Opinions

Witnessing the wondrous wild and giving thanks

Late afternoon on a frigid November day, movement along the coastal flats below Kincaid Park’s sand dunes catches my attention. Looking more closely, I see a multitude of wispy, vaporous forms floating slowly across the frozen mudflats.

Hiking the Bluff Trail with Denali, I’ve been reveling in the beauty of this cold, clear day, the sun suspended in a vast ocean of blue while dropping ever closer to the distant horizon, its low-angled rays of light setting the world aglow. But the undulating forms far below me add a new dimension to the day.

It’s as if a portal to a mysterious world has opened and I’ve been invited to peer into it.

In the many years I’ve resided in Anchorage, I’ve never seen anything like what moves before me. In fact I can’t recall anything quite like this in nearly 72 years of inhabiting our planet.

Legions of small ghostly shapes follow each other across the flats, moving together in a synchronized pattern that reminds me of the way that caribou herds weave across the Alaska landscape, or schools of salmon migrate upstream, or flocks of shorebirds — or bohemian waxwings — swirl through the air.

Though few in our modern American culture would say they are alive, the wisps of fog have a liveliness to them. Letting the imagination take over, they might be considered spirited beings of a sort, the presence and movement of their shining, vaporous bodies accentuated by the day’s last, low-angled light.

For all their similarities to the animals I’ve described, these have their own nature: They are fluid, gliding, shape-shifting beings that move in sinuous fashion across the landscape. They must be nudged by the gentlest of breezes and seem in no hurry to make their way across the flats.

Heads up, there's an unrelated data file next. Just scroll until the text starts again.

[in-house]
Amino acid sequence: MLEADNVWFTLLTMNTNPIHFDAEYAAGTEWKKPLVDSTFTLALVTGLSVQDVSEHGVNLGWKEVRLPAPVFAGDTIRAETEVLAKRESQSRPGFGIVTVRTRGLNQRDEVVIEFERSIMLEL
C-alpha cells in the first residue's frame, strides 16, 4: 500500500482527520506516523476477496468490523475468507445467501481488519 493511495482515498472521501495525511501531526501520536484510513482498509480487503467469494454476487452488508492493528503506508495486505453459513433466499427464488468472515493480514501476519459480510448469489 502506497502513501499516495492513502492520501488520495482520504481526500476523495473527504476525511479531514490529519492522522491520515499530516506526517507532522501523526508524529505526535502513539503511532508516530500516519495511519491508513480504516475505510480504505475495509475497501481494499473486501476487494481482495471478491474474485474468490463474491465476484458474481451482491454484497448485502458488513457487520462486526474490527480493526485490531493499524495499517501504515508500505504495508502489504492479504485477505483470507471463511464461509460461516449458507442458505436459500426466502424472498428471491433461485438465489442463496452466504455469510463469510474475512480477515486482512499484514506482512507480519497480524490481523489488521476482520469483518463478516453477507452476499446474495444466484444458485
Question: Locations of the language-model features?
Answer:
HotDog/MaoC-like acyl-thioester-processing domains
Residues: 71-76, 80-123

Elsewhere in Cook Inlet, I see layers and patches of fog and I assume that in their entirety, these wispy forms too make up a certain type of fog. But why or how did the water vapor take this shape?

Figuring I can later seek out a scientific explanation if I choose, I let my senses wander and another image comes to mind: I’m reminded of the otherworldly, wraith-like beings that move across other fantastical landscapes, like those that appear (if my memory is correct) in J.R.R. Tolkien’s “Lord of the Rings” Middle Earth realm.

For all of my mind’s imaginative wanderings in these moments, I’m delighted — and thankful — that this ethereal procession is occurring here and now, a part of my world’s magic and mystery, one manifestation of nature’s infinite wonders.

To be able to hike this trail — and the many others that pass through the Anchorage Bowl and neighboring Chugach Front Range — with my beloved dog (and on many other occasions, Jan and Guido) is among my life’s greatest blessings. I recognize it is also a privilege, one of many I enjoy in our nation, our culture. So many people can’t afford to take a couple of hours and walk such trails and explore wild places, for any number of reasons.

And yet, just about anyone can find moments of such joy and magic and wonder, because we’re surrounded all the time by nature’s marvels, even in harsh, desperate circumstances. Wild nature has certainly helped me through some dark and oppressive times, and nowadays (and for many years) the larger world reminds me daily that life is indeed a miracle, in so many different ways. And for that I give thanks.

Anchorage nature writer and wildlands/wildlife advocate Bill Sherwonit is a widely published essayist and the author of more than a dozen books, including “Living with Wildness: An Alaskan Odyssey” and “Animal Stories: Encounters with Alaska’s Wildlife.”

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